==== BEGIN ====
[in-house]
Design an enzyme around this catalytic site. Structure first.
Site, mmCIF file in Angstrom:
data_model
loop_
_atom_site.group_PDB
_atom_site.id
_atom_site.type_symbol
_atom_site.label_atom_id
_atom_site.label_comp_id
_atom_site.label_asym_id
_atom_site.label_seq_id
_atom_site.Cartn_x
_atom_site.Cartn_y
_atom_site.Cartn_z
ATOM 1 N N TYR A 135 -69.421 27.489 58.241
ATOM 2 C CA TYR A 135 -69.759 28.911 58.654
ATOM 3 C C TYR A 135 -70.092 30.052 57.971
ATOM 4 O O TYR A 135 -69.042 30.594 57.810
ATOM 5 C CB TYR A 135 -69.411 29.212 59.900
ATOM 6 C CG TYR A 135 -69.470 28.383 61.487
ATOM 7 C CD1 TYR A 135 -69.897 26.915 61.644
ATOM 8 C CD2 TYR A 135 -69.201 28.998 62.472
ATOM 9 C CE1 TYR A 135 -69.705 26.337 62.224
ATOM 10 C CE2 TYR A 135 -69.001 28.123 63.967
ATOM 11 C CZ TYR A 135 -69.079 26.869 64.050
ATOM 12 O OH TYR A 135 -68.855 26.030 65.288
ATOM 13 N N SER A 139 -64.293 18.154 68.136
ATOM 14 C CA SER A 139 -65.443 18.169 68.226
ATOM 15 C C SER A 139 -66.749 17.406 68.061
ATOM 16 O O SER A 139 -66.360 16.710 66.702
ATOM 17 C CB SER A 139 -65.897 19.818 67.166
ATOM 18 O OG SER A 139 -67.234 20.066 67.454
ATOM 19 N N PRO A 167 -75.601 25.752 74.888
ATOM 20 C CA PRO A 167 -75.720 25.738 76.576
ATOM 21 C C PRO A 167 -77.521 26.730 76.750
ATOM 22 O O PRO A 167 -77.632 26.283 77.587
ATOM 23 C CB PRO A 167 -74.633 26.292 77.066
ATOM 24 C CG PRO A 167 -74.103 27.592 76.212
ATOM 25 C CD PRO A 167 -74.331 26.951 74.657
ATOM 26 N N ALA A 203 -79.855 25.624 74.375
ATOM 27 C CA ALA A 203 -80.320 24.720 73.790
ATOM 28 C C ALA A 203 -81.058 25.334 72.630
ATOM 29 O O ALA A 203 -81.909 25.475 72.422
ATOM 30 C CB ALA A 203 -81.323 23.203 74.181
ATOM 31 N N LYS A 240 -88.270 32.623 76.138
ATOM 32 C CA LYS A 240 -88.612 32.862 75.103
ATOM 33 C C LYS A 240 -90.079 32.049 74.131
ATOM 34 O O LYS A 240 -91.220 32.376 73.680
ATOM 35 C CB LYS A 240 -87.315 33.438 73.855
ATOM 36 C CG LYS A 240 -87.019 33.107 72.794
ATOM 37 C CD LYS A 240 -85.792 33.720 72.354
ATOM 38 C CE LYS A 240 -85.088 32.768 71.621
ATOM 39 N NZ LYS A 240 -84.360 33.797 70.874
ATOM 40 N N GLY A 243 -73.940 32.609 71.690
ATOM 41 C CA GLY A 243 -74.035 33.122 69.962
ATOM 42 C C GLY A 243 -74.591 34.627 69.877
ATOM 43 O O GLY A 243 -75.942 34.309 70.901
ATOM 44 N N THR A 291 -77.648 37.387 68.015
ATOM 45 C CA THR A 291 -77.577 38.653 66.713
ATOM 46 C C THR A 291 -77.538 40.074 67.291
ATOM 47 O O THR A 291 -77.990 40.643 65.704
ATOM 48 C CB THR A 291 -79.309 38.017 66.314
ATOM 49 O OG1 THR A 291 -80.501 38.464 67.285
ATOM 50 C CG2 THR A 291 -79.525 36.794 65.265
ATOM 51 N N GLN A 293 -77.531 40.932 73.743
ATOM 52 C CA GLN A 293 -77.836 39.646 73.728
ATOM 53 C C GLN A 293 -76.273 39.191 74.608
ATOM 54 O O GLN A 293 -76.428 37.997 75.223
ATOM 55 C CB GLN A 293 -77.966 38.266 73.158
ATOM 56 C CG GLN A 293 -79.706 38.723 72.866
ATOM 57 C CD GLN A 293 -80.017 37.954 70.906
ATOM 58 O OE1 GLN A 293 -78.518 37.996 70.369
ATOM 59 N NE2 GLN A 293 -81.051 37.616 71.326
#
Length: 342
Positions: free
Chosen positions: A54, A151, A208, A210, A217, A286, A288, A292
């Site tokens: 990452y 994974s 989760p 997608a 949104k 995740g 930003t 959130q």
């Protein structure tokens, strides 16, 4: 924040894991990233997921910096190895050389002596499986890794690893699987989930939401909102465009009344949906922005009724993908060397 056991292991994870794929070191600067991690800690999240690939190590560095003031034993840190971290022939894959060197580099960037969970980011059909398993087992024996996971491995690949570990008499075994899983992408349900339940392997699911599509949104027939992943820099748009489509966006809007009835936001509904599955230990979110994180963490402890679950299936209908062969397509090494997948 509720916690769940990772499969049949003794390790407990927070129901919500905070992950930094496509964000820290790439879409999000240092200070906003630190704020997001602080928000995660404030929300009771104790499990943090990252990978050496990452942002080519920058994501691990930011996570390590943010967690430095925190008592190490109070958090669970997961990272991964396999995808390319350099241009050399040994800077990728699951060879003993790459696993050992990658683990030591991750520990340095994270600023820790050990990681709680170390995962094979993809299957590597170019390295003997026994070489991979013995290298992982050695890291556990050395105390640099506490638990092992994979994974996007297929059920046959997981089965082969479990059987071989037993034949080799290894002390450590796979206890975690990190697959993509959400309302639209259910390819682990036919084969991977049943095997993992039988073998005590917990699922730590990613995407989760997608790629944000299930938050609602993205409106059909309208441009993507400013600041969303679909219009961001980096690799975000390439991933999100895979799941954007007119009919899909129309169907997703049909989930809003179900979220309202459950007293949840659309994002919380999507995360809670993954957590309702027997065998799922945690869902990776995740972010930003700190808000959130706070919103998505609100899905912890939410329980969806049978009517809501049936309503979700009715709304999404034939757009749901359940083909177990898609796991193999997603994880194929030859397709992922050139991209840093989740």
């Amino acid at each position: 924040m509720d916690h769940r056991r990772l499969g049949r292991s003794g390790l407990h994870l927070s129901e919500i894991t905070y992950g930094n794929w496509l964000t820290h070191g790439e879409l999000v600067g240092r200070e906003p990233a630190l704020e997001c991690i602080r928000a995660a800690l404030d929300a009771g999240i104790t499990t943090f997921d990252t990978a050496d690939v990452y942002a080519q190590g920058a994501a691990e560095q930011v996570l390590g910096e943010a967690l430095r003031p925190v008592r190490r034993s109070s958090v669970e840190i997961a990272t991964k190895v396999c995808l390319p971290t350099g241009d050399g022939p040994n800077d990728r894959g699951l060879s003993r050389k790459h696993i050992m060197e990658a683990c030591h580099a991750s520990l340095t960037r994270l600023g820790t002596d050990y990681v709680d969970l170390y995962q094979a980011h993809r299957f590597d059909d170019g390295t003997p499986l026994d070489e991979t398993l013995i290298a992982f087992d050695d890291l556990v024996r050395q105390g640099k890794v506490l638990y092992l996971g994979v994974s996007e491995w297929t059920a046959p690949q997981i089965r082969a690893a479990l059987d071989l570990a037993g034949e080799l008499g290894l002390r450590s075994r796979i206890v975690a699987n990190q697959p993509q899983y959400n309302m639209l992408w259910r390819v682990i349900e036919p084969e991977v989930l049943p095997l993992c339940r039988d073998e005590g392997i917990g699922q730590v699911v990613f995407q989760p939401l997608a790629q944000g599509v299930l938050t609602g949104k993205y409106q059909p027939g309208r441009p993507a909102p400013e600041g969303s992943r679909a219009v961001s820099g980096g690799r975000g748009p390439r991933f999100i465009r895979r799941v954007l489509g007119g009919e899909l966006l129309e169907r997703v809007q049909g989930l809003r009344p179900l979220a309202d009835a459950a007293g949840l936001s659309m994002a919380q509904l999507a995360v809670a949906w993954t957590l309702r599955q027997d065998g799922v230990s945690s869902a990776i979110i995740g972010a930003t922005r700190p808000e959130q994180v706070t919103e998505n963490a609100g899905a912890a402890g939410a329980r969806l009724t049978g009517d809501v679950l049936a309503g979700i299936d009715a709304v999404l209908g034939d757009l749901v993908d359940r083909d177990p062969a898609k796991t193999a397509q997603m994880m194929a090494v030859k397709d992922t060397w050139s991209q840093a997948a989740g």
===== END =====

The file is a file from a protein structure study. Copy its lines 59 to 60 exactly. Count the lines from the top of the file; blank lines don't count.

ATOM 44 N N THR A 291 -77.648 37.387 68.015
ATOM 45 C CA THR A 291 -77.577 38.653 66.713